To drive value from both an inventory and a supply chain perspective, look at your economic order quantities (EOQ) for individual parts. This is a fairly standard calculation that involves a lot of holding and carrying or replacement costs, and requires robust data. But this feedback loop is essential to figuring out how much you should actually be buying. Run the EOQ against your minimum order quantities to find discrepancies, which you can then use to calculate optimal orders in the real world. Basing orders on things like pallet truckload or time period is not the best way to manage your inventory. Segmenting by how fast or slow parts move lets you factor in those differences and adjust accordingly.

Redistribution and virtual planning

Sharing excess inventory across multiple locations is another way to get more value out of the inventory you already have, especially for high-dollar parts. If you have an extra transmission on hand, for example, that’s worth $35,000, and another location needs one, it makes more sense to ship that item within your network rather than to re-order it. But this requires visibility into the entire network, which ties into the concept of virtual planning. Pulling stock demands across a number of locations within a region also allows you to reduce lead times and minimize backorders.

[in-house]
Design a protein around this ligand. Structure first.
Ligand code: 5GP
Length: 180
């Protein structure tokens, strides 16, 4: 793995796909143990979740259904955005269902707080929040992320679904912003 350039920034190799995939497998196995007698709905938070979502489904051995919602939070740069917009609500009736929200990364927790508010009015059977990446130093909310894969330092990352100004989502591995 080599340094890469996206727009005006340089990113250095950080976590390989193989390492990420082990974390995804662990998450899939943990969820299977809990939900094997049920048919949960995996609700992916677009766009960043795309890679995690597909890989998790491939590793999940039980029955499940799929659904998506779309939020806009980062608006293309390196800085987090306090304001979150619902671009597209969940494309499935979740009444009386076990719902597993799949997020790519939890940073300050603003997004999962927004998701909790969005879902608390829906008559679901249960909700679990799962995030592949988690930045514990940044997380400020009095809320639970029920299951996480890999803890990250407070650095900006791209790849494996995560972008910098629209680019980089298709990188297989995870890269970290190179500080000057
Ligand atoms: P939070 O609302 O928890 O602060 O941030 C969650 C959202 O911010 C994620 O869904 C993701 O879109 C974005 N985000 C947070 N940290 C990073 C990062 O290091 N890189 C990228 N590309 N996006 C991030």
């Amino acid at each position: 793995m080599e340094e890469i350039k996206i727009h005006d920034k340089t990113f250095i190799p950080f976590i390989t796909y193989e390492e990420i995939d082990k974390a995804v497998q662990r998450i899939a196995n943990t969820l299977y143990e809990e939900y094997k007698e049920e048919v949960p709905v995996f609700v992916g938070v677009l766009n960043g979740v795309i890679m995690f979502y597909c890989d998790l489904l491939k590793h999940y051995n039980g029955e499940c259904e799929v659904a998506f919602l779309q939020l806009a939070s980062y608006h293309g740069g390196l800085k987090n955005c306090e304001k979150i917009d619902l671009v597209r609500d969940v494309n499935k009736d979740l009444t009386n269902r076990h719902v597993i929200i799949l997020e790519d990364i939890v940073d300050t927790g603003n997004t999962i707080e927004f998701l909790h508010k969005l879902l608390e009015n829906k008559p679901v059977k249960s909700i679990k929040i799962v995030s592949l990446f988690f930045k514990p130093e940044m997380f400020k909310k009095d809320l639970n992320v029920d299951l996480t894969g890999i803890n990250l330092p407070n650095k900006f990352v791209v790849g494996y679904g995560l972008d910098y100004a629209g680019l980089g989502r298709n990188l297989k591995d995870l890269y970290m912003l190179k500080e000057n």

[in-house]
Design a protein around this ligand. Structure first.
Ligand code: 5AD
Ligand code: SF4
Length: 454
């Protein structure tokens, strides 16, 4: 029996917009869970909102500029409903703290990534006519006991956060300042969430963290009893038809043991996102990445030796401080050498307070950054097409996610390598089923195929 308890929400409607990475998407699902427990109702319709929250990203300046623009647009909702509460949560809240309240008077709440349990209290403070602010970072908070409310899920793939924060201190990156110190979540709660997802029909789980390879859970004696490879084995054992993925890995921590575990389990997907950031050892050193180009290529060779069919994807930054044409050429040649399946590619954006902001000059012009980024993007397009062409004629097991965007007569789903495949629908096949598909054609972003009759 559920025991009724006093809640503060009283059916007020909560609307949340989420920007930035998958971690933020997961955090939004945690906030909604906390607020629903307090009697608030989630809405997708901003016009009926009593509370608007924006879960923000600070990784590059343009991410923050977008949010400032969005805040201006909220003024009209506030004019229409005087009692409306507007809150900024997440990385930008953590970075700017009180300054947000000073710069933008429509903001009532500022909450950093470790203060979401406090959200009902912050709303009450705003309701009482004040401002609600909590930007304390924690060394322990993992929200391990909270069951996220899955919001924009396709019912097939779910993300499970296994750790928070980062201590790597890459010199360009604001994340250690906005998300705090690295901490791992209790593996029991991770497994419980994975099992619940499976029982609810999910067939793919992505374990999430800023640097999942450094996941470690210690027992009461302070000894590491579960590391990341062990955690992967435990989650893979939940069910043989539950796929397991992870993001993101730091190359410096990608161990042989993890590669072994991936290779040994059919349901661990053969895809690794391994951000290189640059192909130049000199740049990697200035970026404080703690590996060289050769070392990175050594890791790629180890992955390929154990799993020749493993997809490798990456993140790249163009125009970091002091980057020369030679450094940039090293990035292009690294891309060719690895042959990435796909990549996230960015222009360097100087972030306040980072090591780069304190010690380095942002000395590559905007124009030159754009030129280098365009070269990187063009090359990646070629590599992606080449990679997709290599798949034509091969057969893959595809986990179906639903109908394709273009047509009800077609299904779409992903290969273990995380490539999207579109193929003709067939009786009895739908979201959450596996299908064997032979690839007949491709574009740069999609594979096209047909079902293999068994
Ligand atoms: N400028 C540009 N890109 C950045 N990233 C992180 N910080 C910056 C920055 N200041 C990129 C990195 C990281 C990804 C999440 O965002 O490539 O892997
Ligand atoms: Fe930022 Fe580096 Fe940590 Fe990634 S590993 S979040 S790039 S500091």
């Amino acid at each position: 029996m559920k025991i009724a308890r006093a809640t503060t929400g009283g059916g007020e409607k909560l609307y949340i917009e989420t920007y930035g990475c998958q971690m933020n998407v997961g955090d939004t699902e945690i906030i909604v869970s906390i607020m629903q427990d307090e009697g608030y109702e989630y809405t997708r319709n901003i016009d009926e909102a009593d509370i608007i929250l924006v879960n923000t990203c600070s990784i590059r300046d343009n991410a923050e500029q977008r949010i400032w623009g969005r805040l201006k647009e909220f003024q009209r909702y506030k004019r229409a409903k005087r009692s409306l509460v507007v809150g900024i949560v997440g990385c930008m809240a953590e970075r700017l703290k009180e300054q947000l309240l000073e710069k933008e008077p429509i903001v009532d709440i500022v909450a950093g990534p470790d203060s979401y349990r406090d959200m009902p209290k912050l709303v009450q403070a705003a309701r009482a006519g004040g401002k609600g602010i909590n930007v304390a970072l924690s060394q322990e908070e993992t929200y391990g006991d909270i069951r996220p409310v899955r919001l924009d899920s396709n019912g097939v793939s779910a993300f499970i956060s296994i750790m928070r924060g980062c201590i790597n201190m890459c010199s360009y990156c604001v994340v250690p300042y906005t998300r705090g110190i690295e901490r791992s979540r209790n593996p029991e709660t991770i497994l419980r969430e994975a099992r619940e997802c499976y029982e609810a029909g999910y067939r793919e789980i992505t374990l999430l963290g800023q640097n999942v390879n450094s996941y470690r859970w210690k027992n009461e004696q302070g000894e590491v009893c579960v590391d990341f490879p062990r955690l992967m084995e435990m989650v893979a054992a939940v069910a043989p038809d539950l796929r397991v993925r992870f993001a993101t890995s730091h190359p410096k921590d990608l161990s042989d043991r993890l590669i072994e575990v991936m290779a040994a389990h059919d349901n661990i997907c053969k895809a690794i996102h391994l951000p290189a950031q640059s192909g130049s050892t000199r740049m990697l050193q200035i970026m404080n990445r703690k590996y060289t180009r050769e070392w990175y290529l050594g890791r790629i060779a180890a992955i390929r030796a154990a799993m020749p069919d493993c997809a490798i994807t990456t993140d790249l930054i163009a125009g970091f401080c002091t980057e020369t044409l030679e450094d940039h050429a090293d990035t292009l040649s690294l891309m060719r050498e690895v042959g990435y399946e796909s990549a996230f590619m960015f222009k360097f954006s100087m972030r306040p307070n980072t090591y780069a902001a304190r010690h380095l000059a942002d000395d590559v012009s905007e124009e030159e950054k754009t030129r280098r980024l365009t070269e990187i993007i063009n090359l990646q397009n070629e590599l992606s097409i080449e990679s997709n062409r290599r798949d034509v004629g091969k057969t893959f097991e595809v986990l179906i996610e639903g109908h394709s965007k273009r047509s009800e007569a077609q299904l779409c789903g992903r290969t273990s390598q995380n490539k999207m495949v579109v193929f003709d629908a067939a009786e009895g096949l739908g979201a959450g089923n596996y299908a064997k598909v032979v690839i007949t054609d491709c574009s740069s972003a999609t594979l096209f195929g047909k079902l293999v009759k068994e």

Retention and obsolescence policies

Policies that determine how long spare parts are kept on hand have traditionally taken a broad-sweep approach, with manufacturers keeping items on the shelf for 10, 15, or even 20 years. But with more intelligent planning processes in place, that’s starting to change.  Just as segmentation allows you to order more strategically, your retention policy also has a big impact on inventory—particularly for parts that are nearing their “end of life.”

Retention policies should be taken into account during planning, especially when you have visibility across your network. For example, if you’re going to retain a part for several years, making a high minimum order purchase might be worth the upfront investment. You’ll save on future orders and can always redistribute excess inventory to other locations. But for items that have a shorter shelf life, such as safety parts which are closely regulated, it may be more cost effective to buy on an as-needed basis.

Virtual planning can also help manufacturers make use of excess inventory before it becomes obsolete. Selling off or redistributing parts that are nearing that obsolescence date is a good way to avoid buying new inventory from suppliers. However, once a stocked part reaches its technical financial obsolescence, even if it’s fully reserved, it’s time to get rid of it. At that point you’re tying up space in your distribution centers that is preventing you from bringing in more physical material, even if there isn’t a technical financial impact. Inventory optimization is all about looking at the big picture and making the most of the parts, space, and working capital that’s available to you.

Stay tuned for the next post in this series, where we’ll be talking about the basics of Retail Inventory Management. Until then, learn more about the value Syncron InventoryTM can bring to your business today.

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After-Sales Service, Dealer Inventory Management, Inventory Management, Spare Parts